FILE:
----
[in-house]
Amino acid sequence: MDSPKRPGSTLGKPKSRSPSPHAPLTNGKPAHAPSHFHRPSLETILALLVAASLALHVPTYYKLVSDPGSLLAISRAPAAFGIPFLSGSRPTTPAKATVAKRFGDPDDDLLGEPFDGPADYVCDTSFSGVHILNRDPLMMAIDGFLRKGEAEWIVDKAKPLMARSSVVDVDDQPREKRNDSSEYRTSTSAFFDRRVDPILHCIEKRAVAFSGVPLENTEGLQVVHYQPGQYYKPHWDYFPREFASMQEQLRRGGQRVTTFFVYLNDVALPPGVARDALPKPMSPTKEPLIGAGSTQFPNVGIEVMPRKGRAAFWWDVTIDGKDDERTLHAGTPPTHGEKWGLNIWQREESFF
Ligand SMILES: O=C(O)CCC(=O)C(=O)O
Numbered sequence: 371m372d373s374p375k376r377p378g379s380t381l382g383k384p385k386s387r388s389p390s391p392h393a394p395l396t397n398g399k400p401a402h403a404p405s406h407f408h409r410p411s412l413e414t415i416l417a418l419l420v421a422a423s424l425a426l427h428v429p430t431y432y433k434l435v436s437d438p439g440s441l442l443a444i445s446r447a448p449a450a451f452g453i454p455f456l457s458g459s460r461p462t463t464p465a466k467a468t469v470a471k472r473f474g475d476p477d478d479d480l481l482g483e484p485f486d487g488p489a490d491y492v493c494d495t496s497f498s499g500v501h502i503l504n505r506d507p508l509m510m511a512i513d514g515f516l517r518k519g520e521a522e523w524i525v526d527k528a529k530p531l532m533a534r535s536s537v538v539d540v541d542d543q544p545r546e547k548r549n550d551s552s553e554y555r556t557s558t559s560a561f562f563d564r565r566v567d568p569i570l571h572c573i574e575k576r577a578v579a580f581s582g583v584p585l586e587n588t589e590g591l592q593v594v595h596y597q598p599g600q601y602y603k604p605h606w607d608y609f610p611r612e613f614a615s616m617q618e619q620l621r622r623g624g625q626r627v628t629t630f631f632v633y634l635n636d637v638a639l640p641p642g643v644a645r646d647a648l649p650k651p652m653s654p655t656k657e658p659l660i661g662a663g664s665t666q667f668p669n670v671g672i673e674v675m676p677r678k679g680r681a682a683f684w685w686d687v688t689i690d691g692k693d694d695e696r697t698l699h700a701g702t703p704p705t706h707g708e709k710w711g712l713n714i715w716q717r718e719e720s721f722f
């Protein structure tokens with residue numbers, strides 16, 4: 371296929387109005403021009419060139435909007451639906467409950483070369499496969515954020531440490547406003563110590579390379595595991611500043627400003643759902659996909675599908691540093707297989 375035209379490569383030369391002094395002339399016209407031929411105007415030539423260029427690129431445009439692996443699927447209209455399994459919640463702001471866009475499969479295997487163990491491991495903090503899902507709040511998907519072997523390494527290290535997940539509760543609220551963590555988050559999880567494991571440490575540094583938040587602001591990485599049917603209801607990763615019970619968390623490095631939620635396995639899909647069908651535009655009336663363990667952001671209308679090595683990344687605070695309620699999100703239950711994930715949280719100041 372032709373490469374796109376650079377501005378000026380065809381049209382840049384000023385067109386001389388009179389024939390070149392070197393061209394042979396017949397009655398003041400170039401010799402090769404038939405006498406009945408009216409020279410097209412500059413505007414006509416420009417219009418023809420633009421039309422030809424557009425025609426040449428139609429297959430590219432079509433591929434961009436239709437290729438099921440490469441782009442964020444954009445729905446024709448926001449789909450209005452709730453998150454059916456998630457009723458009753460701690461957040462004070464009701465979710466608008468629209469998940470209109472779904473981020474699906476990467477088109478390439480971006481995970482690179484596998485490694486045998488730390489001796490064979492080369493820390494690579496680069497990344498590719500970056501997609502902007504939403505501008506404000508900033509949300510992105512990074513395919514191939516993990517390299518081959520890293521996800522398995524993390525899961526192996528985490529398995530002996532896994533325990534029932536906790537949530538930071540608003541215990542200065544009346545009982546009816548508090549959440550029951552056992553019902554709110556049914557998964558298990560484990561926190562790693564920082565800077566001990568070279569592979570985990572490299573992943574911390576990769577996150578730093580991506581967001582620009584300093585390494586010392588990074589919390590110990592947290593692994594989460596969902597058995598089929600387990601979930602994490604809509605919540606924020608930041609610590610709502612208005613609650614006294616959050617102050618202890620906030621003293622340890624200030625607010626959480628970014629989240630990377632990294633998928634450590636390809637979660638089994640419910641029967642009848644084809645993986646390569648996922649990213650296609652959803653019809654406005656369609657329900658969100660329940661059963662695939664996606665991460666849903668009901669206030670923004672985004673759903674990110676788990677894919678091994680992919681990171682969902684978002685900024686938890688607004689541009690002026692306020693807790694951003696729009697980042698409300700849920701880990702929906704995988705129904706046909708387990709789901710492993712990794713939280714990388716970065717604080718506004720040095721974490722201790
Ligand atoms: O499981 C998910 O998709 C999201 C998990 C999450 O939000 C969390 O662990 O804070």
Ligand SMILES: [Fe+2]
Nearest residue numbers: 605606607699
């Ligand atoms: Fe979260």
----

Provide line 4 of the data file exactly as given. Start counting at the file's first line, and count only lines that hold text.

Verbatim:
Numbered sequence: 371m372d373s374p375k376r377p378g379s380t381l382g383k384p385k386s387r388s389p390s391p392h393a394p395l396t397n398g399k400p401a402h403a404p405s406h407f408h409r410p411s412l413e414t415i416l417a418l419l420v421a422a423s424l425a426l427h428v429p430t431y432y433k434l435v436s437d438p439g440s441l442l443a444i445s446r447a448p449a450a451f452g453i454p455f456l457s458g459s460r461p462t463t464p465a466k467a468t469v470a471k472r473f474g475d476p477d478d479d480l481l482g483e484p485f486d487g488p489a490d491y492v493c494d495t496s497f498s499g500v501h502i503l504n505r506d507p508l509m510m511a512i513d514g515f516l517r518k519g520e521a522e523w524i525v526d527k528a529k530p531l532m533a534r535s536s537v538v539d540v541d542d543q544p545r546e547k548r549n550d551s552s553e554y555r556t557s558t559s560a561f562f563d564r565r566v567d568p569i570l571h572c573i574e575k576r577a578v579a580f581s582g583v584p585l586e587n588t589e590g591l592q593v594v595h596y597q598p599g600q601y602y603k604p605h606w607d608y609f610p611r612e613f614a615s616m617q618e619q620l621r622r623g624g625q626r627v628t629t630f631f632v633y634l635n636d637v638a639l640p641p642g643v644a645r646d647a648l649p650k651p652m653s654p655t656k657e658p659l660i661g662a663g664s665t666q667f668p669n670v671g672i673e674v675m676p677r678k679g680r681a682a683f684w685w686d687v688t689i690d691g692k693d694d695e696r697t698l699h700a701g702t703p704p705t706h707g708e709k710w711g712l713n714i715w716q717r718e719e720s721f722f